Knowing when to fold – Jeremy Sheppard

Knowing when to fold – Jeremy Sheppard

New research has revealed the locations across the country where property prices will not even keep up with inflation over the next three years. The analysis by found that one in seven property markets in Australia will likely have negative capital growth between now and 2022. Jeremy Sheppard – the websites head of research delivers the news


Kevin:   Well as we can see, the thirst for knowledge, for accurate property knowledge is growing all the time as the market really tightens worldwide. People really need some high end information about where the market is headed. I was delighted to read about a new website that’s called Sell or Hold. As the name implies, this is a site that’s devoted totally to telling you where particular markets are headed. New research has revealed the locations across the country where property prices will not even keep up with inflation over the next three years. You can get the information in an analysis on the website One of the drivers behind that is Jeremy Shepphard who joins me now to have a look at this. Jeremy, thank you very much for your time.

Jeremy:   Thanks very much for having me on the show, Kevin.

Kevin:   It’s my pleasure. Tell me about Sell or Hold. How does it work? Why have you developed it?

Jeremy:   Well, it works by trying to estimate where property markets going to be in the next few years, and it was born out of an enormous number of clients that we saw, who were asking this question, you know I bought this data, bought it three or four years ago, it has not moved, or even worse it’s gone south. There’s been this very subjective sort of decision making process about whether to offload it or not, and so we thought there’s got to be something that we can provide that’s far more objective, and so we do an analysis on their circumstances and this is exactly what the software does. It crawls all over their property and then it crawls all over Australia and finds alternative markets, and it checks to see whether they’ll be possibly in a better circumstance if they were to sell, and replace their property with an alternative, or whether the exit and re-entry costs are simply too prohibitive and it’s better to just hang in there.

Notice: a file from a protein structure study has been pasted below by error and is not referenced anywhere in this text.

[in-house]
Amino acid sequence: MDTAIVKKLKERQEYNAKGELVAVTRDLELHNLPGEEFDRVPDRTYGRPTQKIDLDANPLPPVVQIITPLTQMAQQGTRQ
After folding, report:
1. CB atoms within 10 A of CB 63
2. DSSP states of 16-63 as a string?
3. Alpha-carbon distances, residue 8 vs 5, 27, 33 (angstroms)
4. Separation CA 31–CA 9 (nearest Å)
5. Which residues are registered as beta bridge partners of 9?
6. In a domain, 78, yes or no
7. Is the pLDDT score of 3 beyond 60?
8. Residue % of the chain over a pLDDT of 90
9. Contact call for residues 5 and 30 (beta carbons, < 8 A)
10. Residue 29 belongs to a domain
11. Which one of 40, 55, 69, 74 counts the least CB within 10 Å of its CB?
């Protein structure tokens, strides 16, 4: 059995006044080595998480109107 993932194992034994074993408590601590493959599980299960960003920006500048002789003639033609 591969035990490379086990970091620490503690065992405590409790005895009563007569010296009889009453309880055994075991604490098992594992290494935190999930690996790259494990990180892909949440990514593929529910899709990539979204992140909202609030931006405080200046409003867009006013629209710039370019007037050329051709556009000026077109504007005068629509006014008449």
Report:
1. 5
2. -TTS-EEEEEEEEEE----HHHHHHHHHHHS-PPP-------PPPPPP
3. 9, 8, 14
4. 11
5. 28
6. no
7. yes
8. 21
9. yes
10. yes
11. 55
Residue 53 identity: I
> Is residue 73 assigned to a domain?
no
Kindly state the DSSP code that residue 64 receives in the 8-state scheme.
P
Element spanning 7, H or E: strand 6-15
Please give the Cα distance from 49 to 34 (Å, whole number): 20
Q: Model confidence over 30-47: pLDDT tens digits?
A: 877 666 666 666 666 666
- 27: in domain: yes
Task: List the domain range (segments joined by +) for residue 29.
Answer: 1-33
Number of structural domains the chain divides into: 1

Kevin:   Yeah, because some of the wisest investors over the decades, we’ve seen some people build enormous wealth out of property with a buy and hold mentality. In other words, never sell. You know, buy it and I will never sell it, it will grow in value.

Jeremy:   Yeah.

Kevin:   That’s obviously changing, as we can see some of these markets performing at totally different levels, so the buy and never sell mentality is probably a bit out dated.

Jeremy:   Well, it was drummed into me, when I was a novice investor that you buy and never sell. I ran into circumstances myself where I really should have kept my eye on the property markets that I was exposed to, because some of those did turn south. But it’s been excellent advice in the past, because we don’t really know where property markets are going to go, so just hang in there, and sooner or later growth will do its thing.

Jeremy:   But what we’re finding now is that with the moving forward as technology and the ability to analyse data and a lot more data sets becoming available, it’s possible now to have a much clearer idea of where property markets are going. There are some alarm bells ringing in some markets around the country right now, where really investors would be much better off if they offloaded rather than digging deep for the long haul.